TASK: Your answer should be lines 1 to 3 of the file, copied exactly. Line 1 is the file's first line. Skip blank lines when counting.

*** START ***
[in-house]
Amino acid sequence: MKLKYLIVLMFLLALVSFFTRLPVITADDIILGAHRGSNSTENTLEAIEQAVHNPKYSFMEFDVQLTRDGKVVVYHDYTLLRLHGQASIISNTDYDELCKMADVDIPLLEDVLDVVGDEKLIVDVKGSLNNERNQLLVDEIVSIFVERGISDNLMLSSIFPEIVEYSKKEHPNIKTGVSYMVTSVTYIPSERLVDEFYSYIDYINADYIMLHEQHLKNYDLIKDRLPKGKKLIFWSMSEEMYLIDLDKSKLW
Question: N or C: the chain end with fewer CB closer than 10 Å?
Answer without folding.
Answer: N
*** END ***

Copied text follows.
[in-house]
Amino acid sequence: MKLKYLIVLMFLLALVSFFTRLPVITADDIILGAHRGSNSTENTLEAIEQAVHNPKYSFMEFDVQLTRDGKVVVYHDYTLLRLHGQASIISNTDYDELCKMADVDIPLLEDVLDVVGDEKLIVDVKGSLNNERNQLLVDEIVSIFVERGISDNLMLSSIFPEIVEYSKKEHPNIKTGVSYMVTSVTYIPSERLVDEFYSYIDYINADYIMLHEQHLKNYDLIKDRLPKGKKLIFWSMSEEMYLIDLDKSKLW
Question: N or C: the chain end with fewer CB closer than 10 Å?